We are often asked what the differences are between the various bottled waters. So I decided to explain it here.
The U.S. Food and Drug Administration (FDA) has established a Standard Of Identity that defines the different types of bottled water based on specific product characteristics. Bottled-water products meeting the Standard Of Identity may be labeled as bottled water or drinking water, or one or more of the following terms:
▪ Artesian Water/Artesian Well Water – Ground water from a well that taps a confined aquifer (a water-bearing underground layer of rock or sand) in which the water level stands at some height above the top of the aquifer.
▪ Well Water – Ground water from a hole bored, drilled or otherwise constructed in the ground, which taps the water aquifer.
▪ Spring Water – Bottled water from an underground formation from which water flows naturally to the surface of the earth. Spring water must be collected only at the spring or through a borehole tapping the underground formation feeding the spring. Spring water collected with the use of an external force must be from the same underground stratum as the spring and must have all the physical properties before treatment, and be of the same composition and quality as the water that flows naturally to the surface of the earth.
▪ Mineral Water – Ground water that naturally contains not less than 250 parts per million total dissolved solids (tds). No minerals can be added to this product. Mineral water is distinguished from other types of bottled water by its constant level and relative proportions of mineral and trace elements at the point of emergence from the source.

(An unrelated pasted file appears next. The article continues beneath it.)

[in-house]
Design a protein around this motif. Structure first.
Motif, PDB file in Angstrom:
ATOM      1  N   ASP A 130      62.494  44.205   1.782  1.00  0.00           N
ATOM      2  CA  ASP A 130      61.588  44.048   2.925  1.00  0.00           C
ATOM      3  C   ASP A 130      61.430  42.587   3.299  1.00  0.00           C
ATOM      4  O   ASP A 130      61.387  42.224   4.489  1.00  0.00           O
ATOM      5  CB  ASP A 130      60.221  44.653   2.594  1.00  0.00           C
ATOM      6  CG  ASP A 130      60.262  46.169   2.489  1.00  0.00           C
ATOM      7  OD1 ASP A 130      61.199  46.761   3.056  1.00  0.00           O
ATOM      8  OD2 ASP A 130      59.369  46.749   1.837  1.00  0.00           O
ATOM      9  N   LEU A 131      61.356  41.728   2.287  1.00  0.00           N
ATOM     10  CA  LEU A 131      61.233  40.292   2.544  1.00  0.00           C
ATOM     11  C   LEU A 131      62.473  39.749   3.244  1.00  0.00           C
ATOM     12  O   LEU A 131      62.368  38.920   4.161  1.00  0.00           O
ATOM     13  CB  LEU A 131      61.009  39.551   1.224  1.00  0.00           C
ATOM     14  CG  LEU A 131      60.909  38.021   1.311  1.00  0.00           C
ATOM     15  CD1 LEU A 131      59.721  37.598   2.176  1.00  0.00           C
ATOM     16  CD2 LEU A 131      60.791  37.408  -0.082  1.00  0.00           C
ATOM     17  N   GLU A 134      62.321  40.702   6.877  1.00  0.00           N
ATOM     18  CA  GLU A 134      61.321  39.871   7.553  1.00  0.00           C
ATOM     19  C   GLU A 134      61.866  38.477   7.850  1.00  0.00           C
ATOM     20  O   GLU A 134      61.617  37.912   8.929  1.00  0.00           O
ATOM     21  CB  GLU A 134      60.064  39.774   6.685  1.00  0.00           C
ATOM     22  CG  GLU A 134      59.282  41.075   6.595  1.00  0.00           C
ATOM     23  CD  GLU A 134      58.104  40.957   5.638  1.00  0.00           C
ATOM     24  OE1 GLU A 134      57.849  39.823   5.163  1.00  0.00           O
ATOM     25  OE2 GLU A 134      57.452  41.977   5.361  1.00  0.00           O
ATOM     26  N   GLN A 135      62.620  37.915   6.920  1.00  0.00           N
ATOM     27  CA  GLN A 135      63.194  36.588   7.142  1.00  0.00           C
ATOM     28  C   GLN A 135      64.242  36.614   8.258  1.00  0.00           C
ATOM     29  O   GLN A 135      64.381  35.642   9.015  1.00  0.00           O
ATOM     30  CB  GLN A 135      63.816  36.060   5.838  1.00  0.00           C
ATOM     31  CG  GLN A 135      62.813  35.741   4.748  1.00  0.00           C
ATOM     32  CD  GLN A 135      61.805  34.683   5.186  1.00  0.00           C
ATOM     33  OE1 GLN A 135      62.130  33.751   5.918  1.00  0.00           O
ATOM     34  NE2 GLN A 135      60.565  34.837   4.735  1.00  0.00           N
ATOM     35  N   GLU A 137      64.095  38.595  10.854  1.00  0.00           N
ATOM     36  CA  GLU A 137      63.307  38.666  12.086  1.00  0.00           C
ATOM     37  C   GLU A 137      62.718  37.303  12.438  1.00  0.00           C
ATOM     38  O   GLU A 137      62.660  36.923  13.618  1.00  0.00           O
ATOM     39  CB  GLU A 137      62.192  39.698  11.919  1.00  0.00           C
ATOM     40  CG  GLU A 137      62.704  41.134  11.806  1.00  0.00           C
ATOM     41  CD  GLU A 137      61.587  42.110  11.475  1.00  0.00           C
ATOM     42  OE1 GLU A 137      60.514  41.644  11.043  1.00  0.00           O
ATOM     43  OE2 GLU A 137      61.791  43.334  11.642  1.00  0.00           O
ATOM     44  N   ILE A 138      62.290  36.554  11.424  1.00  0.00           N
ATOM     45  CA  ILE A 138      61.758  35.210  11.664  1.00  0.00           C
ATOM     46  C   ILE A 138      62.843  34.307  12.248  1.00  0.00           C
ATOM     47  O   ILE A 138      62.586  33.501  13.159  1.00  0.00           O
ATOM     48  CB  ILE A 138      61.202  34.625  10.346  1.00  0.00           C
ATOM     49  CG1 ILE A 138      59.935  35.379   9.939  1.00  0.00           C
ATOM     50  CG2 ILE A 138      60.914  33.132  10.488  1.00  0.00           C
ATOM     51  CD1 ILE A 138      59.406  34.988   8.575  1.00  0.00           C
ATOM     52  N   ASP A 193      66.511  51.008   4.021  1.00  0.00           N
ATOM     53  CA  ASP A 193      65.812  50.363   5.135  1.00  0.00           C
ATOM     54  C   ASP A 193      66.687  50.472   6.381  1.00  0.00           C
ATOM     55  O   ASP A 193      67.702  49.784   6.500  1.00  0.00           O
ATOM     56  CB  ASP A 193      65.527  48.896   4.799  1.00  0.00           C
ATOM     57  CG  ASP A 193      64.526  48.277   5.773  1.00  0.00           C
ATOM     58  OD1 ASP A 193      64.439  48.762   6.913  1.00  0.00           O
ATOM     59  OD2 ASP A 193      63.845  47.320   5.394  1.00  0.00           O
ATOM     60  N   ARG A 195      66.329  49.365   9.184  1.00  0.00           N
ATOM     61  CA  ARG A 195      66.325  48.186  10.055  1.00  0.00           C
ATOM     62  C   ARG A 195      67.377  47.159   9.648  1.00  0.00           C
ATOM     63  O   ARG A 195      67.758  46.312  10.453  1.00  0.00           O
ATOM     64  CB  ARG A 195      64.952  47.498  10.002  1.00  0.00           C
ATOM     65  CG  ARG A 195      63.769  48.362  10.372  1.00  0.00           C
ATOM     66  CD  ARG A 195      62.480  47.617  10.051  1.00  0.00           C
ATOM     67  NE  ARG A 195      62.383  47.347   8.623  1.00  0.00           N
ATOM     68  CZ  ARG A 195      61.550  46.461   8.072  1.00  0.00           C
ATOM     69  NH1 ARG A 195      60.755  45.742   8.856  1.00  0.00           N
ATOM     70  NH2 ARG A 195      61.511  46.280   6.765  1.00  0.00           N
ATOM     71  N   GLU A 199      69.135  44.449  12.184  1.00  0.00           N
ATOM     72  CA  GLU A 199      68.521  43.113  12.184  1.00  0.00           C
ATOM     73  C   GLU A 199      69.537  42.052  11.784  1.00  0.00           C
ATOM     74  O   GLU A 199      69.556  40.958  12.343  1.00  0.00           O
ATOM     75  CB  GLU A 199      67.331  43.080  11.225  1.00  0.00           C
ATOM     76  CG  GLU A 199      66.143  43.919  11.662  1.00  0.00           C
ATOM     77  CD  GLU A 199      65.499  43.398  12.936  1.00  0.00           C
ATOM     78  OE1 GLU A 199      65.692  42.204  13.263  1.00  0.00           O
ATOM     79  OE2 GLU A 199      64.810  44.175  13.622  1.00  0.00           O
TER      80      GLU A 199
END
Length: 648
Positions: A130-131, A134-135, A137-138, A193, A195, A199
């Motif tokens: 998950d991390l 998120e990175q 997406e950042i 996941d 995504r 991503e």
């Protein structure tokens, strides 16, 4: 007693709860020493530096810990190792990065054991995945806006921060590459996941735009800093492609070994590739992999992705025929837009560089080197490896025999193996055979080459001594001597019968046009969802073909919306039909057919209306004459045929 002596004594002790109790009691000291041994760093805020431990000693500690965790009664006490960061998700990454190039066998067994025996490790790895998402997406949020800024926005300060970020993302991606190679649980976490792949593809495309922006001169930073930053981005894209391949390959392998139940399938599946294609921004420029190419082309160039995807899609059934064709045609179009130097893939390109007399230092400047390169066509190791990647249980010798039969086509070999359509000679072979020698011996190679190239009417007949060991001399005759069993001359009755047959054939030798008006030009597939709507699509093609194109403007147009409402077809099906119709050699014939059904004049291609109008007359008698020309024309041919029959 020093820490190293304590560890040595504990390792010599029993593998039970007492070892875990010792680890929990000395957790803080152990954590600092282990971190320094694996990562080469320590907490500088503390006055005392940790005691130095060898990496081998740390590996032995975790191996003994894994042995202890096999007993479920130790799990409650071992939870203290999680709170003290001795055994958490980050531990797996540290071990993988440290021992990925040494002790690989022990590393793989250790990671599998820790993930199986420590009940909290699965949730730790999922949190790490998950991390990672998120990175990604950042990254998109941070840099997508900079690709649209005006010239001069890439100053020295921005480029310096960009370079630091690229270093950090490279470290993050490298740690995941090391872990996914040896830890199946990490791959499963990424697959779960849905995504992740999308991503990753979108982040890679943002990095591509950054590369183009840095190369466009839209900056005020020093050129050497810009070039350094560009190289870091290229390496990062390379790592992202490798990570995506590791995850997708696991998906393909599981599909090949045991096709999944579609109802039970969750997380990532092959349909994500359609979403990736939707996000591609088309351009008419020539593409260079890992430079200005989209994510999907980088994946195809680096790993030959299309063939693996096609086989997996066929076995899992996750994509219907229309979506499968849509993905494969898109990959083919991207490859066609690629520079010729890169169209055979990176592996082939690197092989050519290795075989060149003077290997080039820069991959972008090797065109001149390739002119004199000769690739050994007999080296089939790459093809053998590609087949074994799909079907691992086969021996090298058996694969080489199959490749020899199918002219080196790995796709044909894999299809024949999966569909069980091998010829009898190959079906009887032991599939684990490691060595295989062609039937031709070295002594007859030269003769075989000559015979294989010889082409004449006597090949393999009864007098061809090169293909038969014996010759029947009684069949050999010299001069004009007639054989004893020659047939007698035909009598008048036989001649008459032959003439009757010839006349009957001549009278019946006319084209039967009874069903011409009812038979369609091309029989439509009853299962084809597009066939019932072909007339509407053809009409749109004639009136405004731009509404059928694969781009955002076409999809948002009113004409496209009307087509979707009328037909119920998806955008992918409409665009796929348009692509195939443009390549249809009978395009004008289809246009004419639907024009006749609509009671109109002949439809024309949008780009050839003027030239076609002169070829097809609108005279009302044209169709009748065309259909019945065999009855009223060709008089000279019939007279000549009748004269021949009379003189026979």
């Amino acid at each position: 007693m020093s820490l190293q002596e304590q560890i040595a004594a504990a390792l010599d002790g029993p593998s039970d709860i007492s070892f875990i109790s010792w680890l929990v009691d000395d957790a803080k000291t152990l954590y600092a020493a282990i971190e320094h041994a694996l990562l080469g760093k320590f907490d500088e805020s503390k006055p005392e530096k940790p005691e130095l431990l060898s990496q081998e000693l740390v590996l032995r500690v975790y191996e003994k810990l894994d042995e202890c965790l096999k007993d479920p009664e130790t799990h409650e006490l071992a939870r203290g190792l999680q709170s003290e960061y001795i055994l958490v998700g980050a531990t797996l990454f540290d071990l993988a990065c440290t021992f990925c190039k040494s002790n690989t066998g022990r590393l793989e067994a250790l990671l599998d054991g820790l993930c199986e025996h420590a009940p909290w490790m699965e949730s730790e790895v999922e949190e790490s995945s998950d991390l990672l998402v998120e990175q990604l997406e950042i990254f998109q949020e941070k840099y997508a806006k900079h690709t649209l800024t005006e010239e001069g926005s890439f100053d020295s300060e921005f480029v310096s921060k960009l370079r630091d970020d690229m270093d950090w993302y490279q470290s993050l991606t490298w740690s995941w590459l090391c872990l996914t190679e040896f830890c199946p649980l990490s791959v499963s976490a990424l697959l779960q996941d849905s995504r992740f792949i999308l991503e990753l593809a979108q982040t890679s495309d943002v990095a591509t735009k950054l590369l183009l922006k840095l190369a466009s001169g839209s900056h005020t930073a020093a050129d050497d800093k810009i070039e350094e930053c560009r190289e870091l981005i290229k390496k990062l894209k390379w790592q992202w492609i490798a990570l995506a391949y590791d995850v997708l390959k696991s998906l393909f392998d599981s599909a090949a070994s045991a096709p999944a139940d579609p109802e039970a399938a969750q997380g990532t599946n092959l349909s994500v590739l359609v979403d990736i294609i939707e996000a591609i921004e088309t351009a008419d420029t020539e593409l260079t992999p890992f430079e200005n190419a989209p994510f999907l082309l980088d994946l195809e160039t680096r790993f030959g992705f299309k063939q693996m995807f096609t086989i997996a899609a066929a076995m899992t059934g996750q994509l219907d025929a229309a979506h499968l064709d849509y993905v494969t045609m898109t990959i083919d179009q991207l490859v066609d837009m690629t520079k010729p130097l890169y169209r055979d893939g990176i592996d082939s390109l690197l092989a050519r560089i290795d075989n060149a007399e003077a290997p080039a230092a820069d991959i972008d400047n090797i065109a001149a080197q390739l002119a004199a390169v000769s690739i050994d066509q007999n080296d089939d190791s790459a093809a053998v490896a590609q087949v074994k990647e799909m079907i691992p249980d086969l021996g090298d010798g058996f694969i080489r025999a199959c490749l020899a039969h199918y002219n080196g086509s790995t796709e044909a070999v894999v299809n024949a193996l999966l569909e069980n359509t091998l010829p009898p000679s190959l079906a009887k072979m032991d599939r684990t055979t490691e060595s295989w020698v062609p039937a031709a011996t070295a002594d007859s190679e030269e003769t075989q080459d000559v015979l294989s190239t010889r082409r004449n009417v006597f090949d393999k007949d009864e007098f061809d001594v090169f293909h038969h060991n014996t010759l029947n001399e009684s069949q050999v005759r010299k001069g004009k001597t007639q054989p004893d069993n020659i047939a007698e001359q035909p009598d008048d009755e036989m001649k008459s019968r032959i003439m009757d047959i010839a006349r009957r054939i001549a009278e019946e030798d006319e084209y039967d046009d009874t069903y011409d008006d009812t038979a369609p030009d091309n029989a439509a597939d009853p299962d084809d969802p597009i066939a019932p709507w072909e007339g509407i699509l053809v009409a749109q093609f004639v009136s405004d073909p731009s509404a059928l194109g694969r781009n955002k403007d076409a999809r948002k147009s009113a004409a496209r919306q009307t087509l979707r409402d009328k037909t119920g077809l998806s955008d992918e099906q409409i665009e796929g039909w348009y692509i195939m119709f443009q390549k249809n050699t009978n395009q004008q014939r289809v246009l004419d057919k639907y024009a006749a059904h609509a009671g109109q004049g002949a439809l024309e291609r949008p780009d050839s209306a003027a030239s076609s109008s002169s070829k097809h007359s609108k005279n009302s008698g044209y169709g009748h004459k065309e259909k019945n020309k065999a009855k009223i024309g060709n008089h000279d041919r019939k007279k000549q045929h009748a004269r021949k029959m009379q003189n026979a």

▪ Sparkling Bottled Water – Water that after treatment, and possible replacement with carbon dioxide, contains the same amount of carbon dioxide that it had as it emerged from the source. Sparkling bottled waters may be labeled as “sparkling drinking water,” “sparkling mineral water,” “sparkling spring water,” etc.
▪ Purified Water – Water that originates from any source but has been treated by distillation, deionization, reverse osmosis or other suitable processes to meet the U.S. Pharmacopeia definition of purified water. It is essentially free of all chemicals (it must not contain more than 10 parts per million of total dissolved solids), and may also be free of microbes if treated by distillation or reverse osmosis. Purified water may alternately be labeled according to how it is treated: distilled water, deionized water, reverse osmosis water. Alternatively, “___ drinking water” can be used with the blank being filled in with one of the terms defined in this paragraph (e.g., “purified drinking water” or “distilled drinking water”).
Carbonated water, soda water, seltzer water, sparkling water and tonic water are considered soft drinks and are not regulated as bottled w